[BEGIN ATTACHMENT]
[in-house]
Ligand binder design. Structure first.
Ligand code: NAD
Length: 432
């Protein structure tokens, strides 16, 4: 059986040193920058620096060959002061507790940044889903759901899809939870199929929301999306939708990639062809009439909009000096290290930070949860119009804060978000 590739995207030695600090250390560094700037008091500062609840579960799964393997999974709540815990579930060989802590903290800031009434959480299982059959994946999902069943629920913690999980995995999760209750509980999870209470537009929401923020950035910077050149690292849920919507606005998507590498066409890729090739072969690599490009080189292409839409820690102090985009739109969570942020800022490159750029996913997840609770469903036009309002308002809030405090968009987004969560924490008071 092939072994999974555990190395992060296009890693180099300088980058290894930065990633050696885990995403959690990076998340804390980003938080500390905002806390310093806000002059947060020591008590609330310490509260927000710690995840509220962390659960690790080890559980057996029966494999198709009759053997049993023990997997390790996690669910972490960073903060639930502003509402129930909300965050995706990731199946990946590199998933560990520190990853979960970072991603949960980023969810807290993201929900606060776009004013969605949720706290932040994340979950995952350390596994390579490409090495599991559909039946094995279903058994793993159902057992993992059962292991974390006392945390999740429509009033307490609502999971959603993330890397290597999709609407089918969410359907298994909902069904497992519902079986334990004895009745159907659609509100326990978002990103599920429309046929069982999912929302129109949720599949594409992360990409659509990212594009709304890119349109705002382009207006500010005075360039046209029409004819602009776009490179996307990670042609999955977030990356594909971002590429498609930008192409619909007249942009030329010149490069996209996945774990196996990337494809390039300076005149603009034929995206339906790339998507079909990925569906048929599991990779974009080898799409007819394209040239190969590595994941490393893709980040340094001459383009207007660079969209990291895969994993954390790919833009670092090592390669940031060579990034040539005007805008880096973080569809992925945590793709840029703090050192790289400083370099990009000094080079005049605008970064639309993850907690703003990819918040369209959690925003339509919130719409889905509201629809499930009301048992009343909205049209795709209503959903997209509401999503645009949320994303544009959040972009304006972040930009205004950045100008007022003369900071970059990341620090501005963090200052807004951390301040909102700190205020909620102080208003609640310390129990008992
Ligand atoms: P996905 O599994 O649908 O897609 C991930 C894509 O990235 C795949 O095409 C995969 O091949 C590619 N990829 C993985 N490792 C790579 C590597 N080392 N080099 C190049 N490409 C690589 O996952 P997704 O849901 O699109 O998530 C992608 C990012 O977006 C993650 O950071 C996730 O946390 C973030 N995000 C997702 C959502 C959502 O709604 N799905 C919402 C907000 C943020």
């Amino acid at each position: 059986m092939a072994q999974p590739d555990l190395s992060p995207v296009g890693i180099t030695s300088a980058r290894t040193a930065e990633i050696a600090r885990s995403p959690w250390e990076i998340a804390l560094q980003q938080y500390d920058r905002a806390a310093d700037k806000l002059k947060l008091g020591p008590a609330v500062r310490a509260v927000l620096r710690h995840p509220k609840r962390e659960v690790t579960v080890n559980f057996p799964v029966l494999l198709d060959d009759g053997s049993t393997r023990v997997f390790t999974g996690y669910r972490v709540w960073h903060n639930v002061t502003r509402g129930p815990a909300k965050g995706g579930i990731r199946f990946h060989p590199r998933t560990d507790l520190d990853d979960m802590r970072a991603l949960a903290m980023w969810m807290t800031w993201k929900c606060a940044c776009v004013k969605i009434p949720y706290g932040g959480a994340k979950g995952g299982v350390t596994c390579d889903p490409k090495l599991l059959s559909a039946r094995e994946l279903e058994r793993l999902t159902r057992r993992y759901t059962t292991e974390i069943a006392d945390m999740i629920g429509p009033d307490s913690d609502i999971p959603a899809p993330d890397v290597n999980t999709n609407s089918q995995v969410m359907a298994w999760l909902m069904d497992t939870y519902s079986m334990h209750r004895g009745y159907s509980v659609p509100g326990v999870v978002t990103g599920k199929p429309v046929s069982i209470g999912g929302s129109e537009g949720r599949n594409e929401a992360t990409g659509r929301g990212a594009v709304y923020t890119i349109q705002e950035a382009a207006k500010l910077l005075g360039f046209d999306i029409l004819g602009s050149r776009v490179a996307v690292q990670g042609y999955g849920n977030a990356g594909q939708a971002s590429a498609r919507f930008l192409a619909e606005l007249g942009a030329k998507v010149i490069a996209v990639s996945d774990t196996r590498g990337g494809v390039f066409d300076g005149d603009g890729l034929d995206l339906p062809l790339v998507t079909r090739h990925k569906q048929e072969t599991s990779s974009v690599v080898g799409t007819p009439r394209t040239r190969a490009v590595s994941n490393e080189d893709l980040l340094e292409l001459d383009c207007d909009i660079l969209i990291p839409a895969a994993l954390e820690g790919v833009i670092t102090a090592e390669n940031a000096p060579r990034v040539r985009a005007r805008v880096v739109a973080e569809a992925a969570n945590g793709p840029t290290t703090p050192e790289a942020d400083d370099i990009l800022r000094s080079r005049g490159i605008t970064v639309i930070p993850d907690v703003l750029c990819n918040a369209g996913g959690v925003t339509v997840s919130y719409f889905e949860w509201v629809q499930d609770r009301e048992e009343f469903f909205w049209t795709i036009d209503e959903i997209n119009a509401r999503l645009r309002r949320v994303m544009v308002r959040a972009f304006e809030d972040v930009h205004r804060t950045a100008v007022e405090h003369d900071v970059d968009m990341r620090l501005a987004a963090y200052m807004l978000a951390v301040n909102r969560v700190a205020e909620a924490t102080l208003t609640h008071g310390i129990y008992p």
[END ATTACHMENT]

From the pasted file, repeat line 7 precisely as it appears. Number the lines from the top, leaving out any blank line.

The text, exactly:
């Amino acid at each position: 059986m092939a072994q999974p590739d555990l190395s992060p995207v296009g890693i180099t030695s300088a980058r290894t040193a930065e990633i050696a600090r885990s995403p959690w250390e990076i998340a804390l560094q980003q938080y500390d920058r905002a806390a310093d700037k806000l002059k947060l008091g020591p008590a609330v500062r310490a509260v927000l620096r710690h995840p509220k609840r962390e659960v690790t579960v080890n559980f057996p799964v029966l494999l198709d060959d009759g053997s049993t393997r023990v997997f390790t999974g996690y669910r972490v709540w960073h903060n639930v002061t502003r509402g129930p815990a909300k965050g995706g579930i990731r199946f990946h060989p590199r998933t560990d507790l520190d990853d979960m802590r970072a991603l949960a903290m980023w969810m807290t800031w993201k929900c606060a940044c776009v004013k969605i009434p949720y706290g932040g959480a994340k979950g995952g299982v350390t596994c390579d889903p490409k090495l599991l059959s559909a039946r094995e994946l279903e058994r793993l999902t159902r057992r993992y759901t059962t292991e974390i069943a006392d945390m999740i629920g429509p009033d307490s913690d609502i999971p959603a899809p993330d890397v290597n999980t999709n609407s089918q995995v969410m359907a298994w999760l909902m069904d497992t939870y519902s079986m334990h209750r004895g009745y159907s509980v659609p509100g326990v999870v978002t990103g599920k199929p429309v046929s069982i209470g999912g929302s129109e537009g949720r599949n594409e929401a992360t990409g659509r929301g990212a594009v709304y923020t890119i349109q705002e950035a382009a207006k500010l910077l005075g360039f046209d999306i029409l004819g602009s050149r776009v490179a996307v690292q990670g042609y999955g849920n977030a990356g594909q939708a971002s590429a498609r919507f930008l192409a619909e606005l007249g942009a030329k998507v010149i490069a996209v990639s996945d774990t196996r590498g990337g494809v390039f066409d300076g005149d603009g890729l034929d995206l339906p062809l790339v998507t079909r090739h990925k569906q048929e072969t599991s990779s974009v690599v080898g799409t007819p009439r394209t040239r190969a490009v590595s994941n490393e080189d893709l980040l340094e292409l001459d383009c207007d909009i660079l969209i990291p839409a895969a994993l954390e820690g790919v833009i670092t102090a090592e390669n940031a000096p060579r990034v040539r985009a005007r805008v880096v739109a973080e569809a992925a969570n945590g793709p840029t290290t703090p050192e790289a942020d400083d370099i990009l800022r000094s080079r005049g490159i605008t970064v639309i930070p993850d907690v703003l750029c990819n918040a369209g996913g959690v925003t339509v997840s919130y719409f889905e949860w509201v629809q499930d609770r009301e048992e009343f469903f909205w049209t795709i036009d209503e959903i997209n119009a509401r999503l645009r309002r949320v994303m544009v308002r959040a972009f304006e809030d972040v930009h205004r804060t950045a100008v007022e405090h003369d900071v970059d968009m990341r620090l501005a987004a963090y200052m807004l978000a951390v301040n909102r969560v700190a205020e909620a924490t102080l208003t609640h008071g310390i129990y008992p």